To maintain democracy, digital election networks must be improved
Automation, segmentation and continuous oversight of voting systems will strengthen trust in government
By Ray Rothrock, Special to ThirdCertainty
As the presidential election enters its home stretch, the Democratic National Convention cyber hack and issues with local voting machines have made cybersecurity part of the election story. After the election, I fully expect an accusation from the loser about electronic voter fraud, which will cast doubt on the most important element in any election: Trust.
Related: State elections targeted by hackers
Belief in the validity of our voting system is at the heart of democracy. Protecting the electronic voting infrastructure—from the voting booth to the final results—must be a high priority for the United States. And it can be done. With good planning and careful deployment, we can make our voting infrastructure very hard to hack.
We need to understand that we’re not just talking about individual machines, we’re talking about a digital network. Even if voting machines aren’t connected to a network while people are voting, the results will be assembled in an electronic database, rolled up across each state and reported out.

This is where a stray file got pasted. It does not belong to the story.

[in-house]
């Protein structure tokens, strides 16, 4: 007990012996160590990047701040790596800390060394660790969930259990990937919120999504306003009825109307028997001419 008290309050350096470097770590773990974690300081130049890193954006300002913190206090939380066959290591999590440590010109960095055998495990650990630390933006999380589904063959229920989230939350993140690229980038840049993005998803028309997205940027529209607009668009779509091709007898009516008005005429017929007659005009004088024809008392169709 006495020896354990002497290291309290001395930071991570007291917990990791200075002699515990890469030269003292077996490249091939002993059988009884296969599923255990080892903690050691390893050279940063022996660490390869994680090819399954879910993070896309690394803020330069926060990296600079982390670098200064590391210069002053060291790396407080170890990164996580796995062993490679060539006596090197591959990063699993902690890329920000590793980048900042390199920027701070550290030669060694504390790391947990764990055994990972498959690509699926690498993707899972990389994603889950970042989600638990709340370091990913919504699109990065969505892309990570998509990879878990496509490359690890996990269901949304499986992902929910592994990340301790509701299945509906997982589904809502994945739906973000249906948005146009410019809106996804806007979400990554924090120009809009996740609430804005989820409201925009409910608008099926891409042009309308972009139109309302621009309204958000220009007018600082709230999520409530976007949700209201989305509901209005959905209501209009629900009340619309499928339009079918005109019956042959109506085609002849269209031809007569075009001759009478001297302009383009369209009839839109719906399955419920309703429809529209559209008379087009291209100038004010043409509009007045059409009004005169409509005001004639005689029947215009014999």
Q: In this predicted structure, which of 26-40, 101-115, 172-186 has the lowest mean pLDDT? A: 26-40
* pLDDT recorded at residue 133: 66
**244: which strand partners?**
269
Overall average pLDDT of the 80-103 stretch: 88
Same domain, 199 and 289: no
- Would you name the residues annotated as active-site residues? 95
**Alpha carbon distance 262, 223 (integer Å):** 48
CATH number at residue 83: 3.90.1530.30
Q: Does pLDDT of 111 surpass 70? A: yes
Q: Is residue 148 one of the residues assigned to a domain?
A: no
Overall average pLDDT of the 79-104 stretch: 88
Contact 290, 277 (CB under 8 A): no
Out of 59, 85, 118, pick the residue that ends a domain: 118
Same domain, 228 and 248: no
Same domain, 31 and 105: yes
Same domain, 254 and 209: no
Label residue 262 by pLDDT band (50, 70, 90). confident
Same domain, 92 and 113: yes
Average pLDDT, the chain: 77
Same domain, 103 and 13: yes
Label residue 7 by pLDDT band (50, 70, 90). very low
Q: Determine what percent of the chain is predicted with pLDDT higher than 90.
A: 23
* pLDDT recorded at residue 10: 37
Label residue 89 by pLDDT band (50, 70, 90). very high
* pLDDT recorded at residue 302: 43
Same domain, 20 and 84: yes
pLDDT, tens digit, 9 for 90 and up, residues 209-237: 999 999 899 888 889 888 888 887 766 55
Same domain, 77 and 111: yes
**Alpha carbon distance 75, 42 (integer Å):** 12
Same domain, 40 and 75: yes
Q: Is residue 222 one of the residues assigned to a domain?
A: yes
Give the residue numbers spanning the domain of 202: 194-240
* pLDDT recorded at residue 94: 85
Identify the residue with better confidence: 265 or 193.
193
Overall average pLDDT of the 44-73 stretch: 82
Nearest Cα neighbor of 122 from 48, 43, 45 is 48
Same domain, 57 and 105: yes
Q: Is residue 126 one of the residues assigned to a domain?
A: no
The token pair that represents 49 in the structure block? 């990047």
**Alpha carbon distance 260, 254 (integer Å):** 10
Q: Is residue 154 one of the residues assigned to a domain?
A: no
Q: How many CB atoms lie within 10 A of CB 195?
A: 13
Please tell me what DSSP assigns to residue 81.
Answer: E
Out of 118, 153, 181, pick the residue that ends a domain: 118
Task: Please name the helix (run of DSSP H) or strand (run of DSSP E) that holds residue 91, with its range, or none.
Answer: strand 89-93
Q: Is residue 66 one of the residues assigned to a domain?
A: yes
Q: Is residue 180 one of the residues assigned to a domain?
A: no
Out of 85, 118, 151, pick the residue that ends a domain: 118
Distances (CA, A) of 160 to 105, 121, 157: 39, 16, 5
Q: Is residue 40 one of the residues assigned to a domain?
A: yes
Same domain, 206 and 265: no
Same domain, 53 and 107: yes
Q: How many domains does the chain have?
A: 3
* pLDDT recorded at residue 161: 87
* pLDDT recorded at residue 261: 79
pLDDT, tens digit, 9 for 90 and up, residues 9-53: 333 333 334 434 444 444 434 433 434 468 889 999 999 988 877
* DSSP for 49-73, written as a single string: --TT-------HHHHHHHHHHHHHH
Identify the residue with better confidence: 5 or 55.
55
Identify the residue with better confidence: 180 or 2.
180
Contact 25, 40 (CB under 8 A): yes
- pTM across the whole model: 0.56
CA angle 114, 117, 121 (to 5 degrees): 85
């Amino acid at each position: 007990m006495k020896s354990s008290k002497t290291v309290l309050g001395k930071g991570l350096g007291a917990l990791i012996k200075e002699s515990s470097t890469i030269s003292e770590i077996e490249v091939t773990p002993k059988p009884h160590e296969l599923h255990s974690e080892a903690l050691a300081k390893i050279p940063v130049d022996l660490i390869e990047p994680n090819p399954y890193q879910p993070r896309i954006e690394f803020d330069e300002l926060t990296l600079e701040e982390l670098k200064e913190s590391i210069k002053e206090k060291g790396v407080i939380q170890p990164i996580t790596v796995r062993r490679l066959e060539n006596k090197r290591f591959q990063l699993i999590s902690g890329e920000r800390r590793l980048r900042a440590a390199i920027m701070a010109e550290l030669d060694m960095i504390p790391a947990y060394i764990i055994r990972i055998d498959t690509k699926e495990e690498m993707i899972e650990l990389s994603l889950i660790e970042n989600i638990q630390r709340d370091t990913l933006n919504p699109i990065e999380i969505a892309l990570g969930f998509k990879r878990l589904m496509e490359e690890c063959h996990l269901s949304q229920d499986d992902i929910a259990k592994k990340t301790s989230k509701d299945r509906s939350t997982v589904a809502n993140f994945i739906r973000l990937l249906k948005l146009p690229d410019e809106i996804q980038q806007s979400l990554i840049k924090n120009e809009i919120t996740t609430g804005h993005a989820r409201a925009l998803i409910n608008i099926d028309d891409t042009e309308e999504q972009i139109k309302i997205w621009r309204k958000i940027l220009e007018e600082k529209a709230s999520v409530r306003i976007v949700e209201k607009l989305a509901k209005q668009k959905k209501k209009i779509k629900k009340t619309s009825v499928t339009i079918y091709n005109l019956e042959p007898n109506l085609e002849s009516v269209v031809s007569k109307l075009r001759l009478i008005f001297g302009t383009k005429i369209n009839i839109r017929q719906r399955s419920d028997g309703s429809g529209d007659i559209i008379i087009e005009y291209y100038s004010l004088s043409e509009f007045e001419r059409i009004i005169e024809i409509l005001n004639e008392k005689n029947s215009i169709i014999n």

Every electronic network has vulnerabilities. Like anything built and used by people, errors are inevitable. It’s reasonable to anticipate issues and design contingencies across tabulation systems, however the connections between them introduces a new layer of complexity and opportunity for error. We need to make sure that our digital networks are resilient.
The first step in evaluating network risk and digital resilience is to determine all the paths a hacker could take into the network. Next, identify the most important assets in the system, understand if and how they could be reached, and block that access.
We have to do this knowing that networks are constantly changing. Even on Election Day. Network oversight and evaluation must be continuous, not a one-time effort. I can hear the conversation now, “Yep, we checked it two weeks ago. And, we are sure nothing has changed.” Really?
Good network design can go a long way to putting up barriers and slowing down the hackers. One recommended method is network segmentation. This is similar to building rooms, halls and doors within a building. A properly segmented digital network can have control points that allow or block traffic in and out of those “rooms.”
Much of this involves people, but we just don’t have enough skilled talent to meet all our security requirements. Our people need automation to constantly evaluate a complex, segmented network. An objective measurement to evaluate our readiness and focus limited time and human resources on the weakest links also will help.
It’s a complex job, however the heart of our democracy is dependent on its success. We must trust our elections so we can trust the resulting government.
More stories related to election security:
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How hackers could influence the presidential election